13 October 2023 | Hamilton Island
Jenny Gaskell | Strong South Easterly sunny days
Well one week on Hamilton island celebrating our son’s 40th went way too fast. Now it’s time for us to get back to the forecast apps and pick a weather window to point Condesa south again.
Time spent with our family and their babies flew past at speed of sound. Sound.. let’s not talk about sound. Who knew it was illegal to have music playing after 5.30pm in your own air bnb? There is also a limited quota on buggies parked outside your accomodation! 🤣👎 But that’s as bad as it gets up here !!!! 🤗
Oh, unless I tell you about the medic required for a tumble from the infinity pool ledge or the food allergy reaction. Both incidents got all our undivided love and attention, thankfully on separate days.
Both of the family friends - one big and one small (but from the same family😳). They each came through with the help of our very own in-house nurse Hannah. In the end neither of them needed evacuating 😓🙏🏻, however a makeshift cast was required for our littlest friend who fell whilst in an inflatable ring that buffered her fall.
It brings me to the importance of up to date first-aid training and a well stocked first-aid kit onboard. I have had St John’s training for the past 10 years, thanks to Sailability bayside. He Who Hums has jested I actually have a hospital onboard since our Pacific crossing. I have now checked our epi pen and replaced the strapping tape, bandages and sling. It is surprising how the expiry dates on pain relief meds are from years past. I thought I checked annually, clearly not. 🙉
On another sad note no amount of first-aid saved the little swallow …He Who Hums lovingly handed to me as we departed Southport Marina. The mumma sparrow followed us looking for her labour of love nest, obviously it was tucked in the now hoisted main sail! 🤦🏻♀️
Oh Lordy, what’s a mother to do? I really didn’t want to get attached to this helpless baby chic. Nor did I want the round the clock feeding regime whilst sailing our first set of night watches.🙈 But out came the eye dropper and soft wadding from the first aid kit and the tiniest meals were given regularly for the first three days at sea.
I thought I was going mad, little chirping sounds heard over the volumes of the wind and water. I checked Sweetie (said we weren’t going to name ) and nope - she was sound asleep, right on the instrument desk where I placed her tucked comfortably in one of He Who Hums deck shoe’s. Before you ask!……I needed something that wouldn’t fly or slip whilst sailing and also needed something we would see and remember whilst at the cockpit in the dark!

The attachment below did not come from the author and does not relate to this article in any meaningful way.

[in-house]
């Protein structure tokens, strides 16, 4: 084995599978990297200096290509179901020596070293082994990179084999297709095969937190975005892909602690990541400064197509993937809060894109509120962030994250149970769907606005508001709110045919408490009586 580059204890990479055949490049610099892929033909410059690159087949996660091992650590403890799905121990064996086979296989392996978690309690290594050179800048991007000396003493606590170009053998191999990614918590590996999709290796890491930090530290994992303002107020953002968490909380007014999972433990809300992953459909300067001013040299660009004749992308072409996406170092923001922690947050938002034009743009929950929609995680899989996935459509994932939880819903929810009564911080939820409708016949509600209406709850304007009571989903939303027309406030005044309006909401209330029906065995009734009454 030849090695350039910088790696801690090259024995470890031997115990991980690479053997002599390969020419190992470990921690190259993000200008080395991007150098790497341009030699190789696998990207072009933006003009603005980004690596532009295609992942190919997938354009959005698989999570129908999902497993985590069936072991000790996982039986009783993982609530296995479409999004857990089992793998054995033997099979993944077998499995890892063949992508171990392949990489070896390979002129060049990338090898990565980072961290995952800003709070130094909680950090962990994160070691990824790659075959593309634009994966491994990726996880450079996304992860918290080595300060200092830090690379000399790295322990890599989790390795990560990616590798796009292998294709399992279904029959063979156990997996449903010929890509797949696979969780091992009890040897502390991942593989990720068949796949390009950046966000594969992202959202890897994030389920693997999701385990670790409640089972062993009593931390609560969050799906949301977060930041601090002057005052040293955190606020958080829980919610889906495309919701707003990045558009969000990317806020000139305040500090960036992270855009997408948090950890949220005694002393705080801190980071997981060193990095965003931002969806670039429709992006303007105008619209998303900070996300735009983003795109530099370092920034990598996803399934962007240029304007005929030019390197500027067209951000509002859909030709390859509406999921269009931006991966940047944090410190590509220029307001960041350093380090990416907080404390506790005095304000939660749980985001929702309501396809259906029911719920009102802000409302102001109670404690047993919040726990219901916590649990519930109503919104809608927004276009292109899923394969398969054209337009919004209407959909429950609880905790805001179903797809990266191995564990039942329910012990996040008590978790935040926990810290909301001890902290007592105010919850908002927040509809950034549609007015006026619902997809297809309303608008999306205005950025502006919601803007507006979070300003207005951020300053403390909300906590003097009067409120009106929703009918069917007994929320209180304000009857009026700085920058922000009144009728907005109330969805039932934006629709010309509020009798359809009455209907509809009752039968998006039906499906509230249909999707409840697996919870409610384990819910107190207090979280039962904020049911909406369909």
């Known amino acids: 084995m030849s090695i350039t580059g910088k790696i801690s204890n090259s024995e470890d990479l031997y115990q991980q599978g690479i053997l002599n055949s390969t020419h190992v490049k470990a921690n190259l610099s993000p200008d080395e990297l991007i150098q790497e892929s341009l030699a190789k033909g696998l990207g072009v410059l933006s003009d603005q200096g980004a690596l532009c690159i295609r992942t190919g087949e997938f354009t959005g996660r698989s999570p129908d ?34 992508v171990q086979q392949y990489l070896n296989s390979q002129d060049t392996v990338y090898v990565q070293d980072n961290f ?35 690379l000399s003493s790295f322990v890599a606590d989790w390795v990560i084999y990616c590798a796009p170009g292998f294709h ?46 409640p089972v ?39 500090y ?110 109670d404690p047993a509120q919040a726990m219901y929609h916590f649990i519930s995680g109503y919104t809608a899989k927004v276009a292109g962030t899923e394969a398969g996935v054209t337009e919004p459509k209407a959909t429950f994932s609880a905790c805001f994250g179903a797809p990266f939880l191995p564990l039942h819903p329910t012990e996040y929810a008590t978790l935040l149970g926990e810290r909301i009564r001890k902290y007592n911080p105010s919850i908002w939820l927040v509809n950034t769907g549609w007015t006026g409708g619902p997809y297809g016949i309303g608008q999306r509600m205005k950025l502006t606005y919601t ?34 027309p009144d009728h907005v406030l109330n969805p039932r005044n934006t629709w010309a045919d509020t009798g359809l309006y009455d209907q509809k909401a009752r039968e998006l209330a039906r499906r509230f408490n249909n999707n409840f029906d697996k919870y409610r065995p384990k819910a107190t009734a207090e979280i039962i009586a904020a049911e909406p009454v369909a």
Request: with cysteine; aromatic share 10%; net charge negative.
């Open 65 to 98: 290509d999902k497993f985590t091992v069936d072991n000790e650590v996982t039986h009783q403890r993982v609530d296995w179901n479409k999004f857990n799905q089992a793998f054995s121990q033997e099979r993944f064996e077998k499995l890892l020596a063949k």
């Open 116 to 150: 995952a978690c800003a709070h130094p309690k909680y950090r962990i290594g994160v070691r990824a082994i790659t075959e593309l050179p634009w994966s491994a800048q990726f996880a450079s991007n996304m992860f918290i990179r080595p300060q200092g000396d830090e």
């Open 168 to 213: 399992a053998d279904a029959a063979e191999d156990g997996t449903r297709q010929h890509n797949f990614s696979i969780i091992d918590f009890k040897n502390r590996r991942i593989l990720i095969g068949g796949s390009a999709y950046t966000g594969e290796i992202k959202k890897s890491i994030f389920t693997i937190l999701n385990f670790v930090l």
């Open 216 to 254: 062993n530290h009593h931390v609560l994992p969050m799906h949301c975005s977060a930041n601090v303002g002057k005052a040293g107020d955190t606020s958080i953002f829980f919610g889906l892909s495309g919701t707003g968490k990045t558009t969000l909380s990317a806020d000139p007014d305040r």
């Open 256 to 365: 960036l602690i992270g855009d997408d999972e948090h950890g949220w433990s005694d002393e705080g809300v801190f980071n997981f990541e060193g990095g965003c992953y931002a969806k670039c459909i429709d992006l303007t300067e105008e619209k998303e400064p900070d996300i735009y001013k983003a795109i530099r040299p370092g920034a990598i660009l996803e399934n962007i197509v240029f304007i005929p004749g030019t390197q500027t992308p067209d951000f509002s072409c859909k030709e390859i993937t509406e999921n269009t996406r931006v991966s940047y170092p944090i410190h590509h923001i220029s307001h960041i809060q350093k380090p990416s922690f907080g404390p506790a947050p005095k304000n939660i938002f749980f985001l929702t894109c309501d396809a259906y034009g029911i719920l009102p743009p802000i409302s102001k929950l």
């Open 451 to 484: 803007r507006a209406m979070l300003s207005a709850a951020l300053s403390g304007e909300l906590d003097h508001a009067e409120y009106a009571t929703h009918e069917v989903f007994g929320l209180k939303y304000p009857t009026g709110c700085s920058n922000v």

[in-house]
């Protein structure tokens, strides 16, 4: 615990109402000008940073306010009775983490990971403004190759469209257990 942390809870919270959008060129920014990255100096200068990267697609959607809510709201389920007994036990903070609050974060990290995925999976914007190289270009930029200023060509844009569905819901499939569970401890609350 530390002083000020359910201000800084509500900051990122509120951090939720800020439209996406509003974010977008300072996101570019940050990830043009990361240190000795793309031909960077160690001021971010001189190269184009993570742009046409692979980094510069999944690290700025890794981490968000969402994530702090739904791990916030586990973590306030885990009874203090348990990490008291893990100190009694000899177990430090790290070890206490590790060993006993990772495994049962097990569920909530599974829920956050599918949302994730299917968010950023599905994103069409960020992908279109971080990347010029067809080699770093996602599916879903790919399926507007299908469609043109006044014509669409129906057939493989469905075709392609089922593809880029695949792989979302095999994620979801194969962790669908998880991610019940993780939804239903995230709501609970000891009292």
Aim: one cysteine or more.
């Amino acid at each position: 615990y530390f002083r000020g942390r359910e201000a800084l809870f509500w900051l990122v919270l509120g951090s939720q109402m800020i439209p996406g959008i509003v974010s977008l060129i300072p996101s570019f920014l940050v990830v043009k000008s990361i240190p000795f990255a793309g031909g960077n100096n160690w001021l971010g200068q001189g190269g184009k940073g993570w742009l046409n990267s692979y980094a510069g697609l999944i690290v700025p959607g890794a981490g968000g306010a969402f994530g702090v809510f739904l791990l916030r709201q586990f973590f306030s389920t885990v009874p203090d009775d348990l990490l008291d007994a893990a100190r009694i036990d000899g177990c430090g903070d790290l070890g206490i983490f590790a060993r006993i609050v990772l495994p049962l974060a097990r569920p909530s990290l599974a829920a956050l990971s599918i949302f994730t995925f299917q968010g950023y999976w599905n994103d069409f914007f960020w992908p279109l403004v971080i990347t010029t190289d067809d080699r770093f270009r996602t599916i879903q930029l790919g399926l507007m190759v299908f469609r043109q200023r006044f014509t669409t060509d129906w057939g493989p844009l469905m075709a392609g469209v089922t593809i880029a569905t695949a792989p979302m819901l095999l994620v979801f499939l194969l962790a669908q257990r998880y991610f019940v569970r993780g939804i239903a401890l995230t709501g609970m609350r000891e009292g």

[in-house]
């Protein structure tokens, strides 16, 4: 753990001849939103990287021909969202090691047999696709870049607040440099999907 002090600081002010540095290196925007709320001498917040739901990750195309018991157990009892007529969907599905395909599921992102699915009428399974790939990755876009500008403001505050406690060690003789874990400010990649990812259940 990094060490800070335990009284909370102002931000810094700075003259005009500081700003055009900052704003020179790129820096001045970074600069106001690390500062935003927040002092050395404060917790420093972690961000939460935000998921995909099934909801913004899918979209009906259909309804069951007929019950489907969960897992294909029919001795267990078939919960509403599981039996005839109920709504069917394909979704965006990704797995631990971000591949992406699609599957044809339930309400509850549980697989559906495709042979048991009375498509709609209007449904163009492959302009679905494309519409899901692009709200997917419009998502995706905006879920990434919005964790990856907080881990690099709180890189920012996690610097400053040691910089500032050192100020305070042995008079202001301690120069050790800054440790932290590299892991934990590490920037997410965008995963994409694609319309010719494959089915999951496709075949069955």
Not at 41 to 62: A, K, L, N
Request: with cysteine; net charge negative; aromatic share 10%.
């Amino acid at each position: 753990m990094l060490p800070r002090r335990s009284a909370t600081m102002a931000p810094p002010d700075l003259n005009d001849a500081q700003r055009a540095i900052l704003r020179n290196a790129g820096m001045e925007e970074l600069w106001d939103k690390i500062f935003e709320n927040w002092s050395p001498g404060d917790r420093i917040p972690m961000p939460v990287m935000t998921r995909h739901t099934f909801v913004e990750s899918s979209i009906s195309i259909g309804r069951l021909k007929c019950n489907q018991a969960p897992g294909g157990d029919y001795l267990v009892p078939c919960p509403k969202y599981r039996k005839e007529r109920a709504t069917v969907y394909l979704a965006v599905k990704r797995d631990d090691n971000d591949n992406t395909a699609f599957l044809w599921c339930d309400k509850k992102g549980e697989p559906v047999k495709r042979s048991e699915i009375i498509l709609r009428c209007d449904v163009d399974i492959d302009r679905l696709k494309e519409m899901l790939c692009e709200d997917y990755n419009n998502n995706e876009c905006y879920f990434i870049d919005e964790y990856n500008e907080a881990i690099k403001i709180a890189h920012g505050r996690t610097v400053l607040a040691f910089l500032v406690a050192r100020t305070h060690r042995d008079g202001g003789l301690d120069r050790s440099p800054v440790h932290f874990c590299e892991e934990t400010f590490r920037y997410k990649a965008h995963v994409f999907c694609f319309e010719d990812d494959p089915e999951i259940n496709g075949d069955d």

Yes, I felt a living nightmare unfolding too. He Who Hums asked regularly if I’d fed “Old Mate” (his name not mine 🙄)
Old Mate/Sweetie seemed to thrive for a few days, her little eyes opened, her baby feathers covered her pink/yellow skin and she got up on her feet, food went in and out as it should.
The other chirping I could hear stopped after day two, I don’t want to analyse where or how many there were caught in our sail cover 🐣 I’m glad I hadn’t realised that was the case at the time!
Anyway, shall we just say Sweetie got the best treatment for her short life and every time He Who Hums puts on that particular deck shoe I feel a faint little pain in my heart.
She had surprisingly declined rapidly on day 3. Frail as she became, she spread her wings and in her mind flew freely, giving life one last burst of energy but she couldn’t continue another full day.
PS Long after the difficult ‘burial at sea’, we pulled into Yeppoon and got out our runners (not used since the day we left the dock) there was a imprint from yet another family chick deep in the tread of He Who was Mute’s runner, perfectly flattened like a bloody miniature Tyrannosaurus fossil. Oh 😭 lord give me strength, I can’t even…..
😬Be brave jg, like the mumma bird and just like our other little injured friends were on Hammo. 🥰